THE PROBLEM OF EVIL
"God is the omnipotent and wholly good creator of all things" "There is evil in the world"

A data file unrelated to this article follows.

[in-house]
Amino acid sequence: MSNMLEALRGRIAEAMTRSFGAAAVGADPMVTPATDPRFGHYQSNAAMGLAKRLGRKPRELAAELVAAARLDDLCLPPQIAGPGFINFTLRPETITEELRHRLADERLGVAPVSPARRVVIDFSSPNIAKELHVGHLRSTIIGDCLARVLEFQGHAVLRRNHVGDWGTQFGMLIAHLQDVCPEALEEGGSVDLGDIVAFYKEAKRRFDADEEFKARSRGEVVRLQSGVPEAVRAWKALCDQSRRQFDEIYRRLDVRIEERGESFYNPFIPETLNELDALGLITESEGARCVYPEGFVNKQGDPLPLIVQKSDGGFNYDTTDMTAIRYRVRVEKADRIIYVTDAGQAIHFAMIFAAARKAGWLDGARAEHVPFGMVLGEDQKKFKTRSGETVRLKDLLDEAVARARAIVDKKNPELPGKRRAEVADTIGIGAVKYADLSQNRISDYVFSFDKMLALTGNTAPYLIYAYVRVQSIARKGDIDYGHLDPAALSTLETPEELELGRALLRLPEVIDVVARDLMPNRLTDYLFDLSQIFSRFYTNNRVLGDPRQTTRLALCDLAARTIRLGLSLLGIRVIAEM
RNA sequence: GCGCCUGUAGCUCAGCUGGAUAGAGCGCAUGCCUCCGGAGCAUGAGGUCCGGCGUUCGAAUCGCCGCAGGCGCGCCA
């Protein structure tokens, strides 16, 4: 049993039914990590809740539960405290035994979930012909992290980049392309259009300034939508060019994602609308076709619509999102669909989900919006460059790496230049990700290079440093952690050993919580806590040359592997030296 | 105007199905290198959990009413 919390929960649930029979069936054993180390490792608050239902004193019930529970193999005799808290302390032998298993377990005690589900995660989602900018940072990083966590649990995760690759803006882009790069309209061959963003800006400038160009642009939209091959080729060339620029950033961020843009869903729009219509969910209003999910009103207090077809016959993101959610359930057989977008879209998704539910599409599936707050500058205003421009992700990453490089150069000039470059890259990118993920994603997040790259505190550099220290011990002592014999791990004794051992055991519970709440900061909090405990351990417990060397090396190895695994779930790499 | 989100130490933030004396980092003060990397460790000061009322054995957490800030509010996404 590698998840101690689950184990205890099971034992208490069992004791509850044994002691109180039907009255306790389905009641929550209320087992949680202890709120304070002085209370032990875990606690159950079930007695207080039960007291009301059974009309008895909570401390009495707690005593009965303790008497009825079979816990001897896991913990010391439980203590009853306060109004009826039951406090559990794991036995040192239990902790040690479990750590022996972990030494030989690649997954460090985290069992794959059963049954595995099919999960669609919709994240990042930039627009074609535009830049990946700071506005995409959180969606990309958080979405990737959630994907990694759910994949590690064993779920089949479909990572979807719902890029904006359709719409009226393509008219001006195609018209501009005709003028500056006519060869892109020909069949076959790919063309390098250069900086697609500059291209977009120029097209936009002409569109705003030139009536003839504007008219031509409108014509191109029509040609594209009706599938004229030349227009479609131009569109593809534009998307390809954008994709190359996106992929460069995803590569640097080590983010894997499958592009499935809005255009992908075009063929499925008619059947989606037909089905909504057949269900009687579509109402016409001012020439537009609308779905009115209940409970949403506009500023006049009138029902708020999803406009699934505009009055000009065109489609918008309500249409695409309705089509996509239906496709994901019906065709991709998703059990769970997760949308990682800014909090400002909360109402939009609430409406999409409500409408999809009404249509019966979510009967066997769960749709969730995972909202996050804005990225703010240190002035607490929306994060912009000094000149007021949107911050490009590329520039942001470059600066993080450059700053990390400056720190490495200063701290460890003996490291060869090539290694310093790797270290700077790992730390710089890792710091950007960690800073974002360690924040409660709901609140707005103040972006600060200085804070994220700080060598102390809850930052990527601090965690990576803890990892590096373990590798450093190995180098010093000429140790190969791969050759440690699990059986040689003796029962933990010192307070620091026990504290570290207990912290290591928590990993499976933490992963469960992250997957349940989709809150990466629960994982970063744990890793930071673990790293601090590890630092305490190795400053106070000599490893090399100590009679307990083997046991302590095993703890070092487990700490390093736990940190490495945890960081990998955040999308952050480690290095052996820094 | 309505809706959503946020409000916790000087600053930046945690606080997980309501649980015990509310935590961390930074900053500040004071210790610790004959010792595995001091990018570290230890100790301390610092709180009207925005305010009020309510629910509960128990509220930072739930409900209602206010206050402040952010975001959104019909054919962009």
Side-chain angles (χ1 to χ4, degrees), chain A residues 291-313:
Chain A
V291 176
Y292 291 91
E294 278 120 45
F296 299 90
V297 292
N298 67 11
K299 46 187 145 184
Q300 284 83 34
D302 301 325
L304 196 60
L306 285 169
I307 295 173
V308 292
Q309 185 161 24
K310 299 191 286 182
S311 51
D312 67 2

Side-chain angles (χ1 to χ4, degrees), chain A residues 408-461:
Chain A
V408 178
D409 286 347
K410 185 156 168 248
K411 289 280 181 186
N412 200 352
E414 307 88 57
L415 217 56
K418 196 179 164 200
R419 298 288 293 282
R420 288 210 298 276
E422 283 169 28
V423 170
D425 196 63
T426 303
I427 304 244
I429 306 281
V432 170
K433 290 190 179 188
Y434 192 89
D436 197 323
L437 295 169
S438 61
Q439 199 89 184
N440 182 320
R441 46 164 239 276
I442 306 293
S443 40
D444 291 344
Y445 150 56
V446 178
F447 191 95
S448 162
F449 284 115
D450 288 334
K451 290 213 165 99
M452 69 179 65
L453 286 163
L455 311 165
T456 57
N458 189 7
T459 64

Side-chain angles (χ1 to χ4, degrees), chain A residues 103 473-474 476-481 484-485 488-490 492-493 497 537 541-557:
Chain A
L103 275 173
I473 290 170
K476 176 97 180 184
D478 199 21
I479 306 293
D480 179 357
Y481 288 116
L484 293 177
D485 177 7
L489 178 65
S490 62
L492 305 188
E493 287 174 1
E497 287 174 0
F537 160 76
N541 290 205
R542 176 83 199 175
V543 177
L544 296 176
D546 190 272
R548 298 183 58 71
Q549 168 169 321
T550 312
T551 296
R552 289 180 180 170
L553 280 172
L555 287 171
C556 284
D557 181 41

a) EXPLAIN THESE TWO STATEMENTS AND SHOW WHY THEY ARE SAID TO BE CONTRADICTORY (20) The problem of evil is usually seen as the problem of how the existence of God can be reconciled with the existence of evil in the world. It's regarded as a logical problem, because it is based on the apparent contradiction involved in holding onto three incompatible beliefs. This being that God is omnipotent, that God is wholly good and that evil exists in the world. The fact that evil exists in the world constitutes the most common objection to the belief in the existence of the omnipotent (all powerful), omniscient (all knowing) and all loving God of Classical Theism. Classical Theism is the traditional understanding of God as worshipped by Christians, Jews and Muslims. This definition is initially criticised, for being culture-bound, as other religions such as Hinduism and Buddhism don't believe in one God so can't be applied to their respective religions. Therefore the problem of evil is only a problem for followers of a theistic religion. God is described as an infinite, self-existent, incorporeal (without body), eternal, immutable (doesn't change), impassable (incapable of suffering), simple (one entity), perfect (God is seen as a morally perfect being i.e. wholly good), omniscient (all knowing) and omnipotent (all powerful) being. Omnipotence means being able to bring about anything which it is logically possible to bring about. However not being able to bring about that which is logically impossible is not a restriction on omnipotence since the logically impossible is not a characterisation of anything. It is a non-thing. Evil is said to come from the free actions of human beings. God can't do what's logically impossible and it's said to be logically impossible for God to create humans who are free but always choose to do what's right. This therefore takes the responsibility of evil from God. Omniscience means knowing everything that it is logically possible to know. If God knows everything it is not possible for him to think of something he does not know. This raises the question of whether God knows every little fact; does he know what you're thinking or what you're going to do? If so then if he's omnipotent shouldn't he be able to stop people doing bad things, as this isn't logically impossible? An argument in response of this is that if God intervened it would result in the individual not being free, something human beings are supposed to be. God is said to be wholly good; a morally perfect being. This is difficult to define briefly as there are differing accounts of what morality and goodness are. It's easier to pick up a general negative requirement of moral goodness. A being that is morally good shouldn't inflict unnecessary suffering or allow others to inflict unnecessary suffering which the agent had the power to prevent. According to this criterion is God good? Stories in the Bible suggest not, for example the great flood. God is supposed to have killed all human beings except a select few and all but two of each animal on the planet. This can't be the action of a morally perfect being. If he was all-powerful, which he supposedly demonstrated through this great flood, couldn't he have stopped the bad things happening? Wouldn't it be kinder to take away the human race's free will, and prevent further problems then killing them all? Other stories such as that of Abraham follow a similar line. God asked Abraham to sacrifice his baby son as a test to determine Abraham's loyalty to God. Would a morally perfect being choose to test a person in such a way? It's wrong to show your authority in such a way and why would God, a supposedly perfect moral being, want his creation to love him more then they love their own? Doesn't he want what's best...